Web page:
The celebrations that had begun on June 5 in Moscow later moved to Kyiv. Among the many guests who arrived in Kyiv were the primates of the Jerusalem, Romanian, Bulgarian, and Cypriot autocephalous Orthodox churches. The celebrations in Kyiv began on June 14 with a ceremonial act at the Taras Shevchenko Opera and Ballet Theater. The then patriarch’s exarch in Ukraine, Metropolitan Filaret (Denysenko), delivered a speech on the jubilee and its importance in the history of church and state.

The next day’s celebrations began with a divine liturgy at St. Volodymyr’s Cathedral, served by Diodoros, Patriarch of Jerusalem and All Palestine, and assisted by bishops of the Russian Orthodox Church and representatives of other autonomous churches. On the last day of the celebrations, tens of thousands of people witnessed an historic event in the life of the entire Orthodox Church: a prayer was said at the Kyivan Cave Monastery (Lavra) for the first time in almost 30 years.

The Orthodox Church, which had been oppressed throughout the Soviet era, received this news with deep gratitude. “We see this as a gift from the Soviet government to the Russian Orthodox Church on the occasion of the 1000th anniversary of the baptism of Rus’. We see it as recognition of its distinguished merits in peacemaking for the benefit of our Fatherland,” said Filaret at the document transfer ceremony. This brought about radical changes in church-government relations. Even atheists began to look at the church differently after the official celebrations of the 1000th anniversary of the baptism of Rus’ in Kyiv.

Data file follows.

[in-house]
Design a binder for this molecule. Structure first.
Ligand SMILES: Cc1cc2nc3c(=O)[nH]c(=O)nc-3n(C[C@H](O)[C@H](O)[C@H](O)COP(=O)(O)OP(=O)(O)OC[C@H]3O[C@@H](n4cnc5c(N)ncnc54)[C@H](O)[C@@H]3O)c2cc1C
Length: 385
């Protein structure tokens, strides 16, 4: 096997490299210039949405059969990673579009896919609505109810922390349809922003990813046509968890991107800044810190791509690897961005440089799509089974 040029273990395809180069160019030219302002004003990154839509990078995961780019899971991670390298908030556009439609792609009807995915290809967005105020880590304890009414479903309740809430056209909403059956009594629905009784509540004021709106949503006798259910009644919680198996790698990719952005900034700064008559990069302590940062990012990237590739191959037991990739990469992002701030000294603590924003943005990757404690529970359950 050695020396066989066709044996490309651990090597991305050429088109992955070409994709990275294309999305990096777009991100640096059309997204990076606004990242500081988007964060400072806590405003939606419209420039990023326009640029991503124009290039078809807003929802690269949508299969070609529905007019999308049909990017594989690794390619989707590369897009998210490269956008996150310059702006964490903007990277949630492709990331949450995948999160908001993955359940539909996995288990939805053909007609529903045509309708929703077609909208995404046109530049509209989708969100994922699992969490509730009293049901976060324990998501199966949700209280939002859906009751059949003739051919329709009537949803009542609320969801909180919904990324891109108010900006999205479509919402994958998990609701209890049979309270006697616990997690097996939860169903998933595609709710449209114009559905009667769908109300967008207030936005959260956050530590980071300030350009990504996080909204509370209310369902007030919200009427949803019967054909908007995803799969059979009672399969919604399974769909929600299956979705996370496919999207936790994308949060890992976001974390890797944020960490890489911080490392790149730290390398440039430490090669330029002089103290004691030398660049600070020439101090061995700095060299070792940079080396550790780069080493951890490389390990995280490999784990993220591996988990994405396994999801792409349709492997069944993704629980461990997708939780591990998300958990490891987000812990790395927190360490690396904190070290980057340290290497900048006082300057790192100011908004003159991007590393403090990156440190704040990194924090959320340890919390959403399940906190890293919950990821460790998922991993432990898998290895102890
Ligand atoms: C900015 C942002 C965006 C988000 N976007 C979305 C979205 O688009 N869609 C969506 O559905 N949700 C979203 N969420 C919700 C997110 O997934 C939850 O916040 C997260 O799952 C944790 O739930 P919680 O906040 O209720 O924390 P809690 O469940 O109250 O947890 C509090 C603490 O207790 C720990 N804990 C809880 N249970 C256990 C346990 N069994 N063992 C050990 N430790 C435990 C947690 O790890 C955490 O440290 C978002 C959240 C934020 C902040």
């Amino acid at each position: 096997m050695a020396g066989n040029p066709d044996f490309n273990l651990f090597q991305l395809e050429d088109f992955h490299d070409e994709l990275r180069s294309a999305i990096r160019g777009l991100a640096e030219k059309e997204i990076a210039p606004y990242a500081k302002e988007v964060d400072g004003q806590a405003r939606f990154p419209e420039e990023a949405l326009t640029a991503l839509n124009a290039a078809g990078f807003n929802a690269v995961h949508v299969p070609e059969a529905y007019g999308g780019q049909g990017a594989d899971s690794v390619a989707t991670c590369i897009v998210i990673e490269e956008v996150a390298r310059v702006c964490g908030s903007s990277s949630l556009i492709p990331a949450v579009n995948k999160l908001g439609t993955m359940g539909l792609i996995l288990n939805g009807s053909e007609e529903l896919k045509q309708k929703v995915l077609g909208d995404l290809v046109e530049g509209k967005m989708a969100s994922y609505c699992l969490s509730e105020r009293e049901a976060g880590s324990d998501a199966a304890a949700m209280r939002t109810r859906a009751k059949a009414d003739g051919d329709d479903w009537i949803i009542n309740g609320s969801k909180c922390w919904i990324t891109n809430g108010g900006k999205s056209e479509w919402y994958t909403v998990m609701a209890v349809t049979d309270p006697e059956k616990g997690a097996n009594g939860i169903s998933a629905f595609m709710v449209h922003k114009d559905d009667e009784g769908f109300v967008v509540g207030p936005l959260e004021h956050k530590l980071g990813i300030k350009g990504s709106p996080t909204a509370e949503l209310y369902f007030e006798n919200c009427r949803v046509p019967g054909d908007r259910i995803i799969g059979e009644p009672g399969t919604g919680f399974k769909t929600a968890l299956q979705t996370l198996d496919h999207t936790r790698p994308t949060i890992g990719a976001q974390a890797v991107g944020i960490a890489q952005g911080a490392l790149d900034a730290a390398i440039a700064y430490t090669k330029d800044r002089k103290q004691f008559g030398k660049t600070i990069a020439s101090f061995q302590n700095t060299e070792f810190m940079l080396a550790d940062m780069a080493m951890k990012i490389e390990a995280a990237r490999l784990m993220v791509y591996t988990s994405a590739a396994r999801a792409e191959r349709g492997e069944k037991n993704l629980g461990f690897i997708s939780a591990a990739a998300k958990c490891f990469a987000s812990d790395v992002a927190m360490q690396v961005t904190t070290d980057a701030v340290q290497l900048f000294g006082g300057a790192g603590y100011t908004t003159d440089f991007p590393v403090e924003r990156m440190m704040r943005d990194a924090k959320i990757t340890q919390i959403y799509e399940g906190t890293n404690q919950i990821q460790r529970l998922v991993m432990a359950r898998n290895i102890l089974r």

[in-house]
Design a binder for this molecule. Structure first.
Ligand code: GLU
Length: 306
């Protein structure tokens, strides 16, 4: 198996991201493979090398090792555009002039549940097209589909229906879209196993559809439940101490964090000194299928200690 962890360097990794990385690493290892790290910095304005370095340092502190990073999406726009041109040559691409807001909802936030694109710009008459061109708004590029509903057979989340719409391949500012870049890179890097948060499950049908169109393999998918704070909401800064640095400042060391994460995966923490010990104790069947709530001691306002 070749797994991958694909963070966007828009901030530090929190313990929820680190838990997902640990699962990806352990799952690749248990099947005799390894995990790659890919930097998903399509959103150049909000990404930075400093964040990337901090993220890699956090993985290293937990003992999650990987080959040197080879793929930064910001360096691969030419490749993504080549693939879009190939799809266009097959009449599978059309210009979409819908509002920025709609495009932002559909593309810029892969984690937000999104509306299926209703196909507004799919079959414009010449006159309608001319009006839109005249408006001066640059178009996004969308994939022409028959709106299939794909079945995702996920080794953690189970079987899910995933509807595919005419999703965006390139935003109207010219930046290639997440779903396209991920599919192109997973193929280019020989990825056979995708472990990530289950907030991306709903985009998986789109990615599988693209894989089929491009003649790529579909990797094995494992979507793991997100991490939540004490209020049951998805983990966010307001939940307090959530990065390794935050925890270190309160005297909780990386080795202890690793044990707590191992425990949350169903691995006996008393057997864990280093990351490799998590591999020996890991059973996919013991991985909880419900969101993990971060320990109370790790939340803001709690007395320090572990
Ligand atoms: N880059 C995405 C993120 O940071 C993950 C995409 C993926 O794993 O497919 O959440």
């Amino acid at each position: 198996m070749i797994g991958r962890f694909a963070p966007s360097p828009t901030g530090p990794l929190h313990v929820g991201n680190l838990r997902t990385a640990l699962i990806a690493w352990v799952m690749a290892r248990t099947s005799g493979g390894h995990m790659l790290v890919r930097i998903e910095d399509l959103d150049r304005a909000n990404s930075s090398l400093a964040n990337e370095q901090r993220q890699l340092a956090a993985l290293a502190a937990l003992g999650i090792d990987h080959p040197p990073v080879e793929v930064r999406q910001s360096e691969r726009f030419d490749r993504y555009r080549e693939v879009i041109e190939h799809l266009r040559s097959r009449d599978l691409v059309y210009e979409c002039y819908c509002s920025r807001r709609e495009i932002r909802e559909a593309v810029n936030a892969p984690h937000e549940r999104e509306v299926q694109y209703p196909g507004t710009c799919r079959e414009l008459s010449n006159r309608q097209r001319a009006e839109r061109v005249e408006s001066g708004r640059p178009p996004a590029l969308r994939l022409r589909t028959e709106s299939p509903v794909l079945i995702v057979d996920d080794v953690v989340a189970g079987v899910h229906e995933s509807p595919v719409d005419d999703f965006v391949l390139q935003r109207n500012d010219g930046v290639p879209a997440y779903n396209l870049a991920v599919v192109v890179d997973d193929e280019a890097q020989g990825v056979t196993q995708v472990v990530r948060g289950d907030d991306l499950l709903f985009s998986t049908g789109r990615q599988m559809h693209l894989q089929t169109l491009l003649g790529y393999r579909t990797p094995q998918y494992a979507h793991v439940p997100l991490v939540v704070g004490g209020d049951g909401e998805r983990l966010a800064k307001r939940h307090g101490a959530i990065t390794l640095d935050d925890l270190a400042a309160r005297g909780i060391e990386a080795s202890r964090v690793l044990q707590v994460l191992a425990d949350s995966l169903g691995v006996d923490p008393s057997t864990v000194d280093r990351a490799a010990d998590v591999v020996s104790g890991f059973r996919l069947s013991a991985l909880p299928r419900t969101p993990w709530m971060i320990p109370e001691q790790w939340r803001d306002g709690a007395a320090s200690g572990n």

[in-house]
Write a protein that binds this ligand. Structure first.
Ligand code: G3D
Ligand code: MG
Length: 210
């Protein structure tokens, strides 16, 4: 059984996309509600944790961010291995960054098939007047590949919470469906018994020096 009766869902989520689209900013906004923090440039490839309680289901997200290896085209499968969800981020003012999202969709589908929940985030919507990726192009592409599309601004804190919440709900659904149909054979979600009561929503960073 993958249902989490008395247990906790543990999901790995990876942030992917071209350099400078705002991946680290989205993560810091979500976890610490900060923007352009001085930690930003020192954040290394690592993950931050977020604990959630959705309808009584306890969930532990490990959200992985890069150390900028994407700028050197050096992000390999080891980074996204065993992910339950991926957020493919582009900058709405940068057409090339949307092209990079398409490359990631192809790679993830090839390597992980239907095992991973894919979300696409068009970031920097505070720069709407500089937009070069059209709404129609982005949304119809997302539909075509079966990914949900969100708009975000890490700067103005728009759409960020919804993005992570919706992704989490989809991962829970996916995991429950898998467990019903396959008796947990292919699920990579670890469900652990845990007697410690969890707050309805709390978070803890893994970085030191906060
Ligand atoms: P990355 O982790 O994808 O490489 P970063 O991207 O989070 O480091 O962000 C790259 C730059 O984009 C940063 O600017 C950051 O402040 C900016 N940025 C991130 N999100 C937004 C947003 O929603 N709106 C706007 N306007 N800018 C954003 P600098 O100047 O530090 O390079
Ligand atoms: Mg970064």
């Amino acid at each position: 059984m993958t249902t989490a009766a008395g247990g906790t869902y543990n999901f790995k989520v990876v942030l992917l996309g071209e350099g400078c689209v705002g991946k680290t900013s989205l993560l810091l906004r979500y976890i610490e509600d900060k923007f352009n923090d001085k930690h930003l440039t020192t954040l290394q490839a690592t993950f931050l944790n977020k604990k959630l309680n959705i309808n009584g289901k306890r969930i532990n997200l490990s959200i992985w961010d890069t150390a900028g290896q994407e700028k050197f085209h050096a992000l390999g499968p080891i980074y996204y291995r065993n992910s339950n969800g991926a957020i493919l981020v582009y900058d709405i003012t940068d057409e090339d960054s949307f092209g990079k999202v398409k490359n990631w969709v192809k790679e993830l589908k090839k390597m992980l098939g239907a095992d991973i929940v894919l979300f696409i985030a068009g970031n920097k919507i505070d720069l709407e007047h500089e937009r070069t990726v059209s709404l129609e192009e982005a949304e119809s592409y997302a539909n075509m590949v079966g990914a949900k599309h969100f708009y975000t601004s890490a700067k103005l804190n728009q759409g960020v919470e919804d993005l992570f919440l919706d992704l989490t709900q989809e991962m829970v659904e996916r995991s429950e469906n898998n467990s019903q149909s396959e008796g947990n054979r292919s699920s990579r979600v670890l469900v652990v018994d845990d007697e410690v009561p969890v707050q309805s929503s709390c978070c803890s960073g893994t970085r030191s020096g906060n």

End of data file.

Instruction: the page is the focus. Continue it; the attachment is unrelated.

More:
2008, OUR TIME

Today’s celebrations of the 1020th anniversary are special, even though the current anniversary is not a jubilee one. This is our feast, with our guests on our land, where the baptism took place. At the same time, there is no new monument in the capital or cathedral painted by Ukrainian artists or wide-scale acts of charity. Today’s jubilee is also distinguished by the visit of Ecumenical Patriarch Bartholomew I to Ukraine, although some members of well-known political and church circles both in Ukraine and Russia did their level best to close the door to this country to the patriarch and leave Ukrainian churches in a ghetto, with the only road pointing eastward.

But it is absolutely clear that even the ecumenical patriarch is not free to adopt certain actions and that it is, after all, up to us to resolve our problems. Our first president is correct in saying, “I appreciate the contribution that the Constantinople archbishops are making in order to increase our knowledge of the historical religious process, emphasizing the role that the Kyiv metropoly once played. Thanks to the Ecumenical Patriarch and his milieu, our society has broken free of the way of interpreting historical events, which the Moscow Patriarchate imposed on us.” Indeed, Ukraine has long lacked a “third party” in church affairs for the sake of reuniting the now split Ukrainian Orthodox Church.

We believe that in the nearest future (at least by the time of the 1030th anniversary) our country will have one independent, educated, and very tolerant Autonomous Ukrainian Church. And should any other Orthodox and non-Orthodox believers live next to it, they will all be invited to the celebrations.

By Klara GUDZYK, The Day